Go into any dollar store in the United States and you’ll find the same kind of stuff. There are grocery items and cleaning products, some of them generic and others brand-named. But then there are other things for sale—toys and jewelry and knick-knacks that have a kind of generic cheapness to them.
Dollar stores are not just a U.S. phenomenon. They can be found in Australia and the United Kingdom, the Middle East and Mexico. And a lot of the stuff—the generic cheap stuff for sale in these stores—comes from one place. A market in China, called the International Trade Market, or: the Futian market.
The Futian market is enormous. It is made up of thousands of little stalls scattered through four interconnected buildings. Estimates put its size at around 43 million square feet. That’s about ten times bigger than the Mall of America.
The market is in the city of Yiwu, about two hundred miles southwest of Shanghai. Being a market city, it is quite vibrant in parts, but over the years Yiwu has transformed from a bucolic mountain town to a cookie-cutter industrial city.
In the 1970s, under the leadership of Deng Xiaoping, communist China began to open itself up to capitalism. The province of Zhejiang, where Yiwu is located, had a history of trade and people there were eager to join this new economy. Villagers spent their life savings on cheap factory equipment and started producing items that were easy to make—things like playing cards, Christmas decorations, and wooden toys.
The street markets that began this transformation evolved over time into the enclosed Futian market. Every day thousands of foreign traders visit the market looking for things to buy in bulk and sell to dollar stores and other vendors in their home countries.
Wang Xiaoyang has a stall in the Futian market selling Christmas items. Seven days a week she’s in the shop surrounded by Santas—Santas surfing, Santas climbing out of chimneys, Santas riding motorcycles. But before she started this business, Wang Xiaoyang had never heard of Christmas, let alone Santa.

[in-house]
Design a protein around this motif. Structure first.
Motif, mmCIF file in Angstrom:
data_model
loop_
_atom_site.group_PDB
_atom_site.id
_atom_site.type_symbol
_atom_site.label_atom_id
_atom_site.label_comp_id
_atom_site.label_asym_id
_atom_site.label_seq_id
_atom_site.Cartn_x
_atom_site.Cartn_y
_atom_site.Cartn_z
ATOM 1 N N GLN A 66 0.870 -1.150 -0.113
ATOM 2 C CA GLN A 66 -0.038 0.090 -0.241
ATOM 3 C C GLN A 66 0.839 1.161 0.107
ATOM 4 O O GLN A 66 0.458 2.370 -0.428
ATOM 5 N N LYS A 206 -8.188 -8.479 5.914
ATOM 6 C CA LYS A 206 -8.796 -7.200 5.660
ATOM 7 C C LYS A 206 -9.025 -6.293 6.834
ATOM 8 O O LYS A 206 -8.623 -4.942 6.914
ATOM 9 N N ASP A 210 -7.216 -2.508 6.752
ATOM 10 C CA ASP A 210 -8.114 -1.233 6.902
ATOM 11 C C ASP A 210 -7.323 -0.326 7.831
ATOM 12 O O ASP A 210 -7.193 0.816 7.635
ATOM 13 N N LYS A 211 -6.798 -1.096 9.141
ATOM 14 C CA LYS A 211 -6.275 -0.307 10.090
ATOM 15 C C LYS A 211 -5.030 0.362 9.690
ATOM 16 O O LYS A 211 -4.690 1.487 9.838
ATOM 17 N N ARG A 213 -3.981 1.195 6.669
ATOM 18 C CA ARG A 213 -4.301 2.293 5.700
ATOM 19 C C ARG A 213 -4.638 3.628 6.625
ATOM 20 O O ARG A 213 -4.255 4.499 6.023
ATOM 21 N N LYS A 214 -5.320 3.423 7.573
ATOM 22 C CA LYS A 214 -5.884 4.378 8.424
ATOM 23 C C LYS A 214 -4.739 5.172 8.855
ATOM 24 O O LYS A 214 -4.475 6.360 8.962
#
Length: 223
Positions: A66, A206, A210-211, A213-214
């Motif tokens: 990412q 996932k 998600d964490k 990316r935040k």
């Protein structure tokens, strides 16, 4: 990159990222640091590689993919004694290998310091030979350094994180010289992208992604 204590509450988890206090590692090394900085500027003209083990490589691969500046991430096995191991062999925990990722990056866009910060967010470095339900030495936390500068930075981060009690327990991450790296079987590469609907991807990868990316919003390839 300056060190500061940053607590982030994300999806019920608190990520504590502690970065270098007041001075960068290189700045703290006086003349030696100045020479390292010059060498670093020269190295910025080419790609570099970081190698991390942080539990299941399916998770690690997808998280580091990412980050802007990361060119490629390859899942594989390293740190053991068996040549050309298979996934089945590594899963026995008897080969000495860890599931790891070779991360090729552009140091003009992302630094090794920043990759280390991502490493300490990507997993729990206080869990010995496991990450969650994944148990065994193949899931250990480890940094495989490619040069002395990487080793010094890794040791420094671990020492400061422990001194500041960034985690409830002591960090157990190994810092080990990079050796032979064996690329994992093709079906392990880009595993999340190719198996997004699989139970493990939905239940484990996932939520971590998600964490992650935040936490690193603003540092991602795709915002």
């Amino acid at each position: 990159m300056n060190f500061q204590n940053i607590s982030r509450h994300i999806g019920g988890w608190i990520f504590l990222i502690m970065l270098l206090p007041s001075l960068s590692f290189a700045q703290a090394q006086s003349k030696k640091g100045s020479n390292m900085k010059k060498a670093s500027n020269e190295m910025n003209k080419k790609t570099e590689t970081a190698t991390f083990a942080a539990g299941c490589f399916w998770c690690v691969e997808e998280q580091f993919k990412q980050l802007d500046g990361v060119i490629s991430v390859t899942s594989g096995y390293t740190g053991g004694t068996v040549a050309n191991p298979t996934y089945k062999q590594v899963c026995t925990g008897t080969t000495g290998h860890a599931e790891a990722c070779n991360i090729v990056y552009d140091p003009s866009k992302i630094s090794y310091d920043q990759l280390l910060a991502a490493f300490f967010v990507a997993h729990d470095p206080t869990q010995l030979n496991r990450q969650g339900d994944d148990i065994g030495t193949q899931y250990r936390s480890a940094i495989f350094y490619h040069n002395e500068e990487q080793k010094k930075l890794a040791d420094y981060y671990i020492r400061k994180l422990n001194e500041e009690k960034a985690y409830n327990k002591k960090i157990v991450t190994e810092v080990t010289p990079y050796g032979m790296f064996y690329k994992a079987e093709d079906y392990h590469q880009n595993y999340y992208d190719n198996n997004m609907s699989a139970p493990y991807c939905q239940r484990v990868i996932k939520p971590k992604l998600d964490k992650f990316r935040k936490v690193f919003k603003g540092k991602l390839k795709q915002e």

Wang Xiaoyang is just one link in the economic chain that starts in China and ends at your local dollar store. The hub of that economy is certainly the Futian market in Yiwu, but the whole Zhejiang province is involved. Neighboring towns are all producing different items, and all have their specialties. One town might make plastic Santas while another makes costume jewelry.
Most of the production is being carried out by very small operations out of places like a family garage or basement using small pieces of industrial equipment. Sometimes it is as simple as a little sewing machine, or a device that sets metal into a mold. After the item is created, it will often be taken to some other town for packaging.
For many people in the Zhejiang province, this isn’t even their full-time job. Often these businesses are simply side ventures that people operate at night after long days working on nearby farms.
The kind of unbridled capitalism that created the Futian market has taken its toll on China. When it is unchecked, as it is in places like Yiwu, you see a landscape nearly destroyed. Mountains are dug out and people burn rubbish. Smog envelops the city. Infrastructure is sometimes non-existent.
But many people have seen their lives changed from an existence where there was often little to eat and virtually no consumer goods to buy. Wang Xiaoyang has seen her business grow, and it’s allowed her family to move into the middle class. But now she wants something more—to travel, to study, to help other people. She doesn’t want to sell Santas seven days a week for the rest of her life.
For now though, Wan Xiaoyang has to work harder. As the standard of living rises in China, so do labor costs. And this means Wang Xiaoyang’s profit margin is getting slimmer.
With these higher costs in China, people are seeking out cheaper labor markets in places like Bangladesh, Vietnam, and Laos.
The Chinese government is also interested in moving the country away from its reputation as the world’s factory. They don’t want to be the place where all of the “Made in China” junk comes from. They want to be the next South Korea or Taiwan, or Japan—making high-tech goods like computers, cars and solar panels.